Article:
Sujit Choudhry Brings Constitutional Context To President Trump’s World.

Sujit Choudhry is one of the world’s leading authorities on constitutional law and how it applies to politics of today and of yesterday. Sujit Choudhry is the director at the Center for Constitutional Transitions and he has been steadfast and active in his goal of bringing knowledge of the constitution to the public at large. With a decorated past and a wealth of knowledge at his side, Sujit Choudhry is in the unique position of being able to give constitutional perspectives on current political climates. With all of that being said, Sujit Choudhry has opened up regarding the most intriguing case of potential constitutional law: President Trump and the power of self-pardon.

Almost since his inauguration, legal troubles have been chasing President Trump from every nook and cranny of his world. Right now, President Trump and the rest of the Trump Administration are embroiled in a nearly two-year-long investigation from Special Counsellor Robert Mueller. Mr. Mueller was appointed and tasked with rooting out corruption in what has quickly become an apparently swampy administration as more than 4 Administration officials have been charged with federal crimes with many more indictments to be released, read (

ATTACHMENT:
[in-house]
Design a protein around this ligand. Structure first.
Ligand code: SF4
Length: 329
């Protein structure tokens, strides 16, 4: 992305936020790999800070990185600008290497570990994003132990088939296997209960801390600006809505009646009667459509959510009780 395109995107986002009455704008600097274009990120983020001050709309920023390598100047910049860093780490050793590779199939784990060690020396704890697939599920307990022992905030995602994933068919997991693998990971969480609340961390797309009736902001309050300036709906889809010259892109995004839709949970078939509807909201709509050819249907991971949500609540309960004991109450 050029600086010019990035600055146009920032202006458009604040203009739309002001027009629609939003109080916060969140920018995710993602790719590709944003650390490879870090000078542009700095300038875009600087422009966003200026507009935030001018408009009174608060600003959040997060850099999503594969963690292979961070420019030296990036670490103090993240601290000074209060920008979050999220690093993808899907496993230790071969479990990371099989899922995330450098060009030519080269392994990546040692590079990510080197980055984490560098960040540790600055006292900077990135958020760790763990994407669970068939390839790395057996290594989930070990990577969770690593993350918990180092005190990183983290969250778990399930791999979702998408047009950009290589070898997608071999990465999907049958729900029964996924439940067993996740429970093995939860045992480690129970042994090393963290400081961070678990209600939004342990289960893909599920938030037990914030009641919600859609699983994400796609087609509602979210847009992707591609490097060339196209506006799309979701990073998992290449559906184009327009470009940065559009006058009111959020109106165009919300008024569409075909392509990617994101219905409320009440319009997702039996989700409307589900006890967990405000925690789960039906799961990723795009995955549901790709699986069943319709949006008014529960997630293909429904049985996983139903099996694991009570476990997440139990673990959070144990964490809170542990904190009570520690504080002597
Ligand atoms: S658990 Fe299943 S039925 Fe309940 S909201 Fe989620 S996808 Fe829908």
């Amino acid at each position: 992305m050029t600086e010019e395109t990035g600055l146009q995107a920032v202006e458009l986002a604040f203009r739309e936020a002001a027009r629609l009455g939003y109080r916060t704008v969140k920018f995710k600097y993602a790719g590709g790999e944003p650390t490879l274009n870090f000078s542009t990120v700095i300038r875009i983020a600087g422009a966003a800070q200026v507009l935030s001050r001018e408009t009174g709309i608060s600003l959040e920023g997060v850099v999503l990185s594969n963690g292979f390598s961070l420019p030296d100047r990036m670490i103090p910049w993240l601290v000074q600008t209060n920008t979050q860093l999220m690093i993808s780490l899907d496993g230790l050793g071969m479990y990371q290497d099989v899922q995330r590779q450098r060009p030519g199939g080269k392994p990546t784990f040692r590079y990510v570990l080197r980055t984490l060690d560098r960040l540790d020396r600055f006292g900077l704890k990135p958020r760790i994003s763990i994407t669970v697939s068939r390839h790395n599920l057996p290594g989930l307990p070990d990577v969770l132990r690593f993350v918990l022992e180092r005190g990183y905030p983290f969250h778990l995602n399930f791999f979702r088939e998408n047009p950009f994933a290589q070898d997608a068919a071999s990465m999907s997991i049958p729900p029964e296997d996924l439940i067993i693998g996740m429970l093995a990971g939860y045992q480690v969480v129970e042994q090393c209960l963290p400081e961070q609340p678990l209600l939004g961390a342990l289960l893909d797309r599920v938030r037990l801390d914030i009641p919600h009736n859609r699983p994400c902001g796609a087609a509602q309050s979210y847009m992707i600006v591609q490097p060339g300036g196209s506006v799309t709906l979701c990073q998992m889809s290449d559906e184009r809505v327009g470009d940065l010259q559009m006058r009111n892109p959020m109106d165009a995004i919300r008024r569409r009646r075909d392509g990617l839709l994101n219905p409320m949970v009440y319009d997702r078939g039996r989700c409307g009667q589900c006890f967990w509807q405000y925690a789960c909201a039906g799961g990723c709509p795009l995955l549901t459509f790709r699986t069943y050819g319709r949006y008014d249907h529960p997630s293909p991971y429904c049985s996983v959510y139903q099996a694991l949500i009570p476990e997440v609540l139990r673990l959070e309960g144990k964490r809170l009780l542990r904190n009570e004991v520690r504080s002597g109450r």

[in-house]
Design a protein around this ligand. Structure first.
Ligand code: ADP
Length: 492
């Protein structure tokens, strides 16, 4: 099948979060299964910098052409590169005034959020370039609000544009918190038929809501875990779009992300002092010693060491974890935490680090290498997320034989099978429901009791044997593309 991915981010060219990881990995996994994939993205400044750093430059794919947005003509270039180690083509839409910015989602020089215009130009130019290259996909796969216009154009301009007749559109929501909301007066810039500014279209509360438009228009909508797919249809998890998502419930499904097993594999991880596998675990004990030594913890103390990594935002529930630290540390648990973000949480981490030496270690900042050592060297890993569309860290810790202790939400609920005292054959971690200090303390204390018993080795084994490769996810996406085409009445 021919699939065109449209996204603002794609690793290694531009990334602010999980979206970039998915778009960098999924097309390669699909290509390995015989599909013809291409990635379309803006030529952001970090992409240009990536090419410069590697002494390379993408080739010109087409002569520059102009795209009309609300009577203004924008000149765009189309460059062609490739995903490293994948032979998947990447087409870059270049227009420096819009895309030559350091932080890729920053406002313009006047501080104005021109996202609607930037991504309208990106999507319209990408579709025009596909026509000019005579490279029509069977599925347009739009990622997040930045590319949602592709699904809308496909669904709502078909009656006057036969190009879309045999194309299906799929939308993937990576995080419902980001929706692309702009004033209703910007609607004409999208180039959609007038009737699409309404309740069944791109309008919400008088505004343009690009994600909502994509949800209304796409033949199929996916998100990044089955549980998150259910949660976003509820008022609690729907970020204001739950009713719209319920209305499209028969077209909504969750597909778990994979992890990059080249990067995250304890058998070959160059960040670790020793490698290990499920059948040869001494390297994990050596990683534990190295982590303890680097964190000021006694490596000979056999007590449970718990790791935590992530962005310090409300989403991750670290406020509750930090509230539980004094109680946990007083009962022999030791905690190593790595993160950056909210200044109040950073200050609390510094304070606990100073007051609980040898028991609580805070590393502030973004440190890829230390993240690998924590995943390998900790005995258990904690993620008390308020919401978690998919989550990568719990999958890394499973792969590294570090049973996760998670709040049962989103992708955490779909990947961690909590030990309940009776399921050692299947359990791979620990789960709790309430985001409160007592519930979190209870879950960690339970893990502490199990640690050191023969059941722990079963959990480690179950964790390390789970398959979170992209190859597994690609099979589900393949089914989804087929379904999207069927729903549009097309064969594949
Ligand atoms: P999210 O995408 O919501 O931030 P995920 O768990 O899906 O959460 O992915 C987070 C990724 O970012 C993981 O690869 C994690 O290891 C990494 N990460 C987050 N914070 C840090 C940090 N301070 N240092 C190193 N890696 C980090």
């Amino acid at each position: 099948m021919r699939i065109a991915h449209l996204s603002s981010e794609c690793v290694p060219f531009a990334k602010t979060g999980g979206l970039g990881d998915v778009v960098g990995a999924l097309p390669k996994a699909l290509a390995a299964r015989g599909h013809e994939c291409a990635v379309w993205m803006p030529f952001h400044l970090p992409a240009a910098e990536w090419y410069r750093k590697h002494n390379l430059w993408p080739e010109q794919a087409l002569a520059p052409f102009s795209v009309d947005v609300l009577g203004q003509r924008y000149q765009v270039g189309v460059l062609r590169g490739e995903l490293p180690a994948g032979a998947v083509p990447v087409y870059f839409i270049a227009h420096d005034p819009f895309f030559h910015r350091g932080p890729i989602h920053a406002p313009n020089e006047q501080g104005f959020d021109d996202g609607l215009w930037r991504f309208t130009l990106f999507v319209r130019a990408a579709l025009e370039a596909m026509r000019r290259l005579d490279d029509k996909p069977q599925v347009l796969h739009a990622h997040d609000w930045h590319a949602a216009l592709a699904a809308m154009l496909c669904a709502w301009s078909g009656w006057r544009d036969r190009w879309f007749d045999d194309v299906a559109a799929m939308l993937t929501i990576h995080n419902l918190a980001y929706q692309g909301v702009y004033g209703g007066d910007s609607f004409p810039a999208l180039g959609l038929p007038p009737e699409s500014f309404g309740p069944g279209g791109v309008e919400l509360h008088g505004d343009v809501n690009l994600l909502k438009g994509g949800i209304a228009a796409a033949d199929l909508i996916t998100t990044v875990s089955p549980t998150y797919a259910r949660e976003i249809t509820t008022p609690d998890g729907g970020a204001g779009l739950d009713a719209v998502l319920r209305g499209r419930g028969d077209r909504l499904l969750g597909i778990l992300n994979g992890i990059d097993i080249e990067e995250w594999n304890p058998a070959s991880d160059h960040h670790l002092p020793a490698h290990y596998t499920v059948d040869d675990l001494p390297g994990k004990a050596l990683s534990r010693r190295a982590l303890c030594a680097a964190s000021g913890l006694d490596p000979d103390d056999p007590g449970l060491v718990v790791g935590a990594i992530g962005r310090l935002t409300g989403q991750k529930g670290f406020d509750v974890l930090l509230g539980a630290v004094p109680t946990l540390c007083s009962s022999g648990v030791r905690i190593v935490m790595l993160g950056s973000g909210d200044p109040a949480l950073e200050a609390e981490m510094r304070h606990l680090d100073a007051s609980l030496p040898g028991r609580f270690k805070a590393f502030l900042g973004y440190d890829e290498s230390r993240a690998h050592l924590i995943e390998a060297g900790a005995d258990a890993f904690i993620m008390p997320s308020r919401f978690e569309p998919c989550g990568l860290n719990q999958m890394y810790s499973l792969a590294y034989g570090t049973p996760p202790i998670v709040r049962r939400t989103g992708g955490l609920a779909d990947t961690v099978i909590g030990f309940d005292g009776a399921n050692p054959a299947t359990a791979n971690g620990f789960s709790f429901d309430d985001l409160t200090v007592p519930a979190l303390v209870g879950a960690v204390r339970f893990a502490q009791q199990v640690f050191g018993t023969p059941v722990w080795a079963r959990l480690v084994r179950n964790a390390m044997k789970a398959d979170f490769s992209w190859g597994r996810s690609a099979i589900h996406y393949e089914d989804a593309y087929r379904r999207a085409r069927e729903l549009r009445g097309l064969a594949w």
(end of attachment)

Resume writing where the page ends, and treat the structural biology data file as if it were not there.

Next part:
The swirl around President Trump’s potential criminal affairs has put the issue of the Presidential pardon on the docket for political junkies and regular citizens alike. Sujit Choudhry took his chance to weigh in on the discussion by looking to Article II, Section 2 of the U.S. Constitution, source ( This article states that the President, essentially, has the power to grant reprieves and pardons to anyone, save those that have been impeached. Now, this section of the constitution has been thoroughly investigated but the answers have been less than clear, based on The question remains, and it is one that Sujit Choudhry has posed himself: can the President pardon himself if he were to be found guilty of criminal activity?

Choudhry points back to 1866 to showcase the root of the Presidential pardon. Choudry does this in order to point out that the President DOES have the power to pardon himself, at least in theory. However, Choudhry lands firmly in the camp of: SHOULD he use the power, not CAN he, click